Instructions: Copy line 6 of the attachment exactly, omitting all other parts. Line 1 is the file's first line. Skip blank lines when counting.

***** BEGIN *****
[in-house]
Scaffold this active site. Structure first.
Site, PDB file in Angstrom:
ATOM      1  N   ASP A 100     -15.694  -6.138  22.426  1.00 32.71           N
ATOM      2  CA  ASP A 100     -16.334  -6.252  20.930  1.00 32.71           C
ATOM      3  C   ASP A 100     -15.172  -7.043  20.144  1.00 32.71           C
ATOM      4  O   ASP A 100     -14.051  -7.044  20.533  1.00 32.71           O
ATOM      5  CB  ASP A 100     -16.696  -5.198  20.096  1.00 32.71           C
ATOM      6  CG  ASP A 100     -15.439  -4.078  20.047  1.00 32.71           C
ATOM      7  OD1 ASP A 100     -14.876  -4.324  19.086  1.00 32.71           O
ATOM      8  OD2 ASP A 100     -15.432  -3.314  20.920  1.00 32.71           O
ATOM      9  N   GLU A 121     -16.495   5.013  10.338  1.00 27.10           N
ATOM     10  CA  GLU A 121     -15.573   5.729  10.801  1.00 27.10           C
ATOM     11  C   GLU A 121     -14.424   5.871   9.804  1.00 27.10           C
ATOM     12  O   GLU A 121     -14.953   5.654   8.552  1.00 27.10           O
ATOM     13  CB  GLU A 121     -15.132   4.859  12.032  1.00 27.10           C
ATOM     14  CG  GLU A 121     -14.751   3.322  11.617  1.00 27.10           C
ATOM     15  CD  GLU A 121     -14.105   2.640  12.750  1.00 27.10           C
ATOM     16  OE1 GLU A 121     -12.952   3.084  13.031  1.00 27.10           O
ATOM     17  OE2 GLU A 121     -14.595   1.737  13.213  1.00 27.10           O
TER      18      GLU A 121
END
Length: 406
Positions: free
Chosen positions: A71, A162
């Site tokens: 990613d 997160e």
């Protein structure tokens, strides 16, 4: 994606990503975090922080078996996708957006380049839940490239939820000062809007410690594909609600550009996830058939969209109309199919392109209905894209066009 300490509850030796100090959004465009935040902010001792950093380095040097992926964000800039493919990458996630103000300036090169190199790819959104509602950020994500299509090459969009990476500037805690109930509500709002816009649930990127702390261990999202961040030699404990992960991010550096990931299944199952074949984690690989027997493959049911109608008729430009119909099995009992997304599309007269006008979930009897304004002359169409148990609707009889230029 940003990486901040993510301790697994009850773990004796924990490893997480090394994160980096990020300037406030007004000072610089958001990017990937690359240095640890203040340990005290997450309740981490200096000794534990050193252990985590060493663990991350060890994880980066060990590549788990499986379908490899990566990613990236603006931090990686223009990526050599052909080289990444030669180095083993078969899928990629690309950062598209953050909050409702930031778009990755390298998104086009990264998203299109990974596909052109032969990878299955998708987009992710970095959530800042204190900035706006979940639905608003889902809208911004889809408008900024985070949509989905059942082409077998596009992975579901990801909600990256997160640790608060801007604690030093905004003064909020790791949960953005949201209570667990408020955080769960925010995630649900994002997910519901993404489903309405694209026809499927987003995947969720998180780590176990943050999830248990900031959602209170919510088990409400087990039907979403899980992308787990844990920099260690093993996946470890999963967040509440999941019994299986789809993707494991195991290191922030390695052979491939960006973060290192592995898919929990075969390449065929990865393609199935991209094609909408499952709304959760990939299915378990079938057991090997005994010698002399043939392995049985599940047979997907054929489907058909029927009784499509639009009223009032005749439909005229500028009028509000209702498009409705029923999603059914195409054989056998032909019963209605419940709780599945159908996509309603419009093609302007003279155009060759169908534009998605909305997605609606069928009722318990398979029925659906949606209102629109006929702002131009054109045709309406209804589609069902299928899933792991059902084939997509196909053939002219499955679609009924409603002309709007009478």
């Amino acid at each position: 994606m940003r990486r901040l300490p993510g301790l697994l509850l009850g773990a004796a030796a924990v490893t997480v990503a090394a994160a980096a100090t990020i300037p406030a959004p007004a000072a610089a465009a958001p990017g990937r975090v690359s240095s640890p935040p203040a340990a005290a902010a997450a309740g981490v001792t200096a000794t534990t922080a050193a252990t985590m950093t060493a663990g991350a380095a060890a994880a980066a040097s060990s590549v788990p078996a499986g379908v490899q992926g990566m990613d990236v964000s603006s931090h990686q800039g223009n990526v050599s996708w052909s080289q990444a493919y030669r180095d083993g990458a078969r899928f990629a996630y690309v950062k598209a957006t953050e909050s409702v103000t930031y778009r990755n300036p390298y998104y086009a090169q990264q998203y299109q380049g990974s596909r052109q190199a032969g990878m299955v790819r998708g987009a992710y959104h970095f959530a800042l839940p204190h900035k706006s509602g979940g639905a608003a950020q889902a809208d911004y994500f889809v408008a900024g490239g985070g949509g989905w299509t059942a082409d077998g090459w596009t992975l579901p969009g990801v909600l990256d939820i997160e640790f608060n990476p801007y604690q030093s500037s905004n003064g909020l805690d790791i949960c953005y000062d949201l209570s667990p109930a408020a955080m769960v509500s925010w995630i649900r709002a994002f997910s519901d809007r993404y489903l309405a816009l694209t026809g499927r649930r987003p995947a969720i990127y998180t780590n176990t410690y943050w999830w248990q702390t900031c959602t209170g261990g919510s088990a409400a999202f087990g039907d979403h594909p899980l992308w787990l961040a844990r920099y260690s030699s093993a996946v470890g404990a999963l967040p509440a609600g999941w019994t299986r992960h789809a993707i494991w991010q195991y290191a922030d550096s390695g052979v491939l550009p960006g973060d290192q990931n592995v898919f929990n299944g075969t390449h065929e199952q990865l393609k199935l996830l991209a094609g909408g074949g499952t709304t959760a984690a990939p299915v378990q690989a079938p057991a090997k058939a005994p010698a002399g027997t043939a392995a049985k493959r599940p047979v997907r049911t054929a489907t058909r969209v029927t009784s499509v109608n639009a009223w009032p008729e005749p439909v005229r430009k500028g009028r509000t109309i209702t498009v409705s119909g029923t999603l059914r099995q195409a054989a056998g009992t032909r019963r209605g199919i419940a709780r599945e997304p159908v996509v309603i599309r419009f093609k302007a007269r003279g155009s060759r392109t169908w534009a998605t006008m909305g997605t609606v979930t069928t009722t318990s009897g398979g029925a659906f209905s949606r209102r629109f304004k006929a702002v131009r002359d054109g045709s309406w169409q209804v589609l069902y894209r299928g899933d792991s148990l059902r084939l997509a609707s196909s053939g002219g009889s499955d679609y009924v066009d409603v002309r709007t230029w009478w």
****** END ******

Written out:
ATOM      3  C   ASP A 100     -15.172  -7.043  20.144  1.00 32.71           C